A new campaign currently appearing on television ad breaks warns of the risks of ignoring a persistent cough, which may be an early sign of cancer. The voice-over advises that while most lingering coughs are not an early symptom of cancer, three weeks should be the upper limit to delaying a visit to your GP or local health clinic.
As with many serious medical conditions, early detection is often crucial to effective treatment, recovery and survival rates. The advice is never more vital when applied to recognising early mesothelioma or asbestosis symptoms.
Organisations such as The Health and Safety Executive (HSE) regularly launch asbestos awareness campaigns aimed at helping the many men and women and close family members who may have been exposed to asbestos directly at their workplace or by ‘secondary’ exposure at home to recognise the possible early signs.
Even a relatively short term exposure during late teens or early twenties can lead to contracting asbestos-related disease. Fibre dust inhaled embeds in the lung linings causing inflammation and often leading to conditions such as pleural thickening, pleural plaques alongside other related respiratory complications, but which can still be eligible for mesothelioma compensation.
In some instances, cells turn cancerous, and the malignant tumours of the fatal and incurable mesothelioma cancer develop. Unfortunately, a significant property of asbestos-related disease is the long gestation period of between 15 to 50 years from an initial asbestos exposure to the emergence of asbestosis symptoms.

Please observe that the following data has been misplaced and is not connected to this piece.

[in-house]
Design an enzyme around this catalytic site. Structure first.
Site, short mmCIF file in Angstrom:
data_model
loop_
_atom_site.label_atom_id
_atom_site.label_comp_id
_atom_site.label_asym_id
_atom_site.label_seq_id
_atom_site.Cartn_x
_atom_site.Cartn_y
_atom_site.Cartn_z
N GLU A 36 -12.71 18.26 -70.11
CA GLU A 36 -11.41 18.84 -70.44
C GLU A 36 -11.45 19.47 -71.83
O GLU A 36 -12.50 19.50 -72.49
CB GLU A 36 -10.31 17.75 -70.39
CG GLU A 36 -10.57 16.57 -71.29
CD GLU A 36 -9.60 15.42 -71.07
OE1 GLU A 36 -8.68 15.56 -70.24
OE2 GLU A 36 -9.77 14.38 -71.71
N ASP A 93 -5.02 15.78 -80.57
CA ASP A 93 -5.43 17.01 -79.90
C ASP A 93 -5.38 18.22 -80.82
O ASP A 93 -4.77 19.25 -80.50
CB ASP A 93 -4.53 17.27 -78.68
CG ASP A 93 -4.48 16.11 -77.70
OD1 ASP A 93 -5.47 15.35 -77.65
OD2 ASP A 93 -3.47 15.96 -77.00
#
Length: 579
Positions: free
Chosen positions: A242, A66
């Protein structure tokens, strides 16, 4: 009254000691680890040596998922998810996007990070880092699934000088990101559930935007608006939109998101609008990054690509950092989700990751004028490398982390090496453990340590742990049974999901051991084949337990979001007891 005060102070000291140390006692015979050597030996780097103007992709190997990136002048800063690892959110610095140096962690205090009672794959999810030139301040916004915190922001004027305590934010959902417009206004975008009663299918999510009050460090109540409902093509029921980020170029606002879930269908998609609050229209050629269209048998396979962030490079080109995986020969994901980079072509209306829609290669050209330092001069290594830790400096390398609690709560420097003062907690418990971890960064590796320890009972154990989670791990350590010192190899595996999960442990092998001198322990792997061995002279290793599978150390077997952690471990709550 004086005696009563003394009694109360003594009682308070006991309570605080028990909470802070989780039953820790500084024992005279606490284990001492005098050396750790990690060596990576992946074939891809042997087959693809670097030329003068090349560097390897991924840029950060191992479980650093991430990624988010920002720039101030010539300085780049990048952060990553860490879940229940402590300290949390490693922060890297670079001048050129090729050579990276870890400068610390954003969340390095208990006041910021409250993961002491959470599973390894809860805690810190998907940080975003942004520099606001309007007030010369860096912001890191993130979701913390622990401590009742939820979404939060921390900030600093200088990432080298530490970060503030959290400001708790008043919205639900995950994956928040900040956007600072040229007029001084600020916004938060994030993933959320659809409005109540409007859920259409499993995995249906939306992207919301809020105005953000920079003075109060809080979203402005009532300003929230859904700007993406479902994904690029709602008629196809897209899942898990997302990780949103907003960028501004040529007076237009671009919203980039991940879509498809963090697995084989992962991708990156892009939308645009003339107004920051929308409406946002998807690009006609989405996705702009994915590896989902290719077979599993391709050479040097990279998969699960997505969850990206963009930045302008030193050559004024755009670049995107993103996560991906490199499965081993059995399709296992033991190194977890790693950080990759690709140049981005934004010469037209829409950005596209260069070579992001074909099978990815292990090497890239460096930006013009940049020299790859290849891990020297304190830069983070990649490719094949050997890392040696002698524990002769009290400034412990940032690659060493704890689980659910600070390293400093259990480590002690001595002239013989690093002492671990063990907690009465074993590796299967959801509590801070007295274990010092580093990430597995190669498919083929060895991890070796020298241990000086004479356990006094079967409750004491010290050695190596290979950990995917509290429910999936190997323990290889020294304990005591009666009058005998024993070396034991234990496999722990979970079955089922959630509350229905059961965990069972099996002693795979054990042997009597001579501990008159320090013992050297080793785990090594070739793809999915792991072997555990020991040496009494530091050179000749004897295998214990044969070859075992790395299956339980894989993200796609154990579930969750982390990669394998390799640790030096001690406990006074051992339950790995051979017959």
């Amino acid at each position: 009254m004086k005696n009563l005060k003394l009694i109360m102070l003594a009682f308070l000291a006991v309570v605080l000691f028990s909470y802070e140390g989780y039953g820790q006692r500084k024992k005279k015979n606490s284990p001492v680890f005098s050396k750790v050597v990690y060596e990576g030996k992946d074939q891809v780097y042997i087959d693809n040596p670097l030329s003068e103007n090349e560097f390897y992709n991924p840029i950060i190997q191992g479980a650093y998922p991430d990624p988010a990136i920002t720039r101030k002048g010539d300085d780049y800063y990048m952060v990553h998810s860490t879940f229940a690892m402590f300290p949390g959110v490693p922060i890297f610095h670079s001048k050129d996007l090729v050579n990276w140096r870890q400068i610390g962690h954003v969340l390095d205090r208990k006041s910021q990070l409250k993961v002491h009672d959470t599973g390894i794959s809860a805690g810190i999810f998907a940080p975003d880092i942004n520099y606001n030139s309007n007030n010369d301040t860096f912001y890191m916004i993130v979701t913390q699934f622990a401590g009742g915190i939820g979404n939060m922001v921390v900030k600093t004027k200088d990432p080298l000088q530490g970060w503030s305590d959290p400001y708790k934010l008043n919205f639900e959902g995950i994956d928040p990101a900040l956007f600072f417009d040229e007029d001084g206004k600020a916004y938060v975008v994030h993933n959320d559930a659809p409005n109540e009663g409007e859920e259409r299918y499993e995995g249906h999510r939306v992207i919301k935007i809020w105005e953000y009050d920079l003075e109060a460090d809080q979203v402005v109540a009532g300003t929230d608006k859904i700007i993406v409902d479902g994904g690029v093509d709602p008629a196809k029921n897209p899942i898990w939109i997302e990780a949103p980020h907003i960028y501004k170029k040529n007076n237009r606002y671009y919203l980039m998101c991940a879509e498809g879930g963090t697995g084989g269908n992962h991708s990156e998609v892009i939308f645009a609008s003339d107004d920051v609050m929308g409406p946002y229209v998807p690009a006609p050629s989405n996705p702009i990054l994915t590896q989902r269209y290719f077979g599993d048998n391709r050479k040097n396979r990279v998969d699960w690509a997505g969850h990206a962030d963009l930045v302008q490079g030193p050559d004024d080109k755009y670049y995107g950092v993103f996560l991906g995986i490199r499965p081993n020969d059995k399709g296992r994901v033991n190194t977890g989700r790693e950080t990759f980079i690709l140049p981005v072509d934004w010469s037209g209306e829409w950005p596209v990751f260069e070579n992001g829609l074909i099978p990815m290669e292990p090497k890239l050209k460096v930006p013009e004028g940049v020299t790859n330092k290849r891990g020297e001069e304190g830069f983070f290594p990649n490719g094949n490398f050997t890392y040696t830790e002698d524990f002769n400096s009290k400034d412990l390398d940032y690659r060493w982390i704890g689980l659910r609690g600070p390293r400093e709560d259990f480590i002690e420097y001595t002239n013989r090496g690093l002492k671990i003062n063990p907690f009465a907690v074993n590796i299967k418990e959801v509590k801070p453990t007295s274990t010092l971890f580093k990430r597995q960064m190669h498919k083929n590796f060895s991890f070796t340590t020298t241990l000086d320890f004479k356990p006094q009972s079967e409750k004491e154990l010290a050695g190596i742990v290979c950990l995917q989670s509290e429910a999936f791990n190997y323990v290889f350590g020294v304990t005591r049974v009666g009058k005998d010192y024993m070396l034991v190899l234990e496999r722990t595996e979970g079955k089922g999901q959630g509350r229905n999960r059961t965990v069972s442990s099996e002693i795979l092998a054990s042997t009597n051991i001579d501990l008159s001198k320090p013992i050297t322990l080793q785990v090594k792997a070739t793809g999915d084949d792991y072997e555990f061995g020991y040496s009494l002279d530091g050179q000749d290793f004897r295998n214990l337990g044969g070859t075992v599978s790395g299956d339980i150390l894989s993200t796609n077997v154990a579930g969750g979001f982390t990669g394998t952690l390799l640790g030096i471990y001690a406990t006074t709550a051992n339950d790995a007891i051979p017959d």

The long latency highlights the need for the earliest possible detection and taking of asbestos advice. Too often, mesothelioma is diagnosed at a very advanced stage when the cancer has spread to adjacent tissues or other organs and can be almost impossible to treat. Survival rates can range from 4 months to 2 years, possibly more, according to when the disease was first diagnosed.
The common problem of asbestos-related disease remaining undetected for such a long time compared to most other cancers has been known to lead to the possible early signs being confused and misdiagnosed as other common ailments, such as bronchitis, pneumonia, or respiratory disease as a consequence of a history of cigarette smoking.
Although every a patient is a unique case, there are still a number of factors involved in determining life expectancy, which have improved in recent years. Not only the stage the disease has reached when diagnosed indicating whether the mesothelioma is localised or advanced and spreading but also the patient’s age and general health, and their ability to recover plus the availability of types of asbestosis treatments.
If correctly diagnosed earlier about half of mesothelioma sufferers can expect to live for around two years, with 20 per cent surviving for five years, which drops to only 5 per cent for patients with advanced mesothelioma.
According to the HSE, there are around 13,500 new cases of occupational cancer each year, of which 60 per cent are fatal, although the Trades Union Congress (TUC) has estimated that the true annual figure is likely to be more than 20,000. Between 1968 and 2008, the HSE reported there had been an 100-fold increase in mesothelioma fatality with more than 2,200 cases reported. Currently, around 2,000 cases of mesothelioma are still being diagnosed every year in the UK.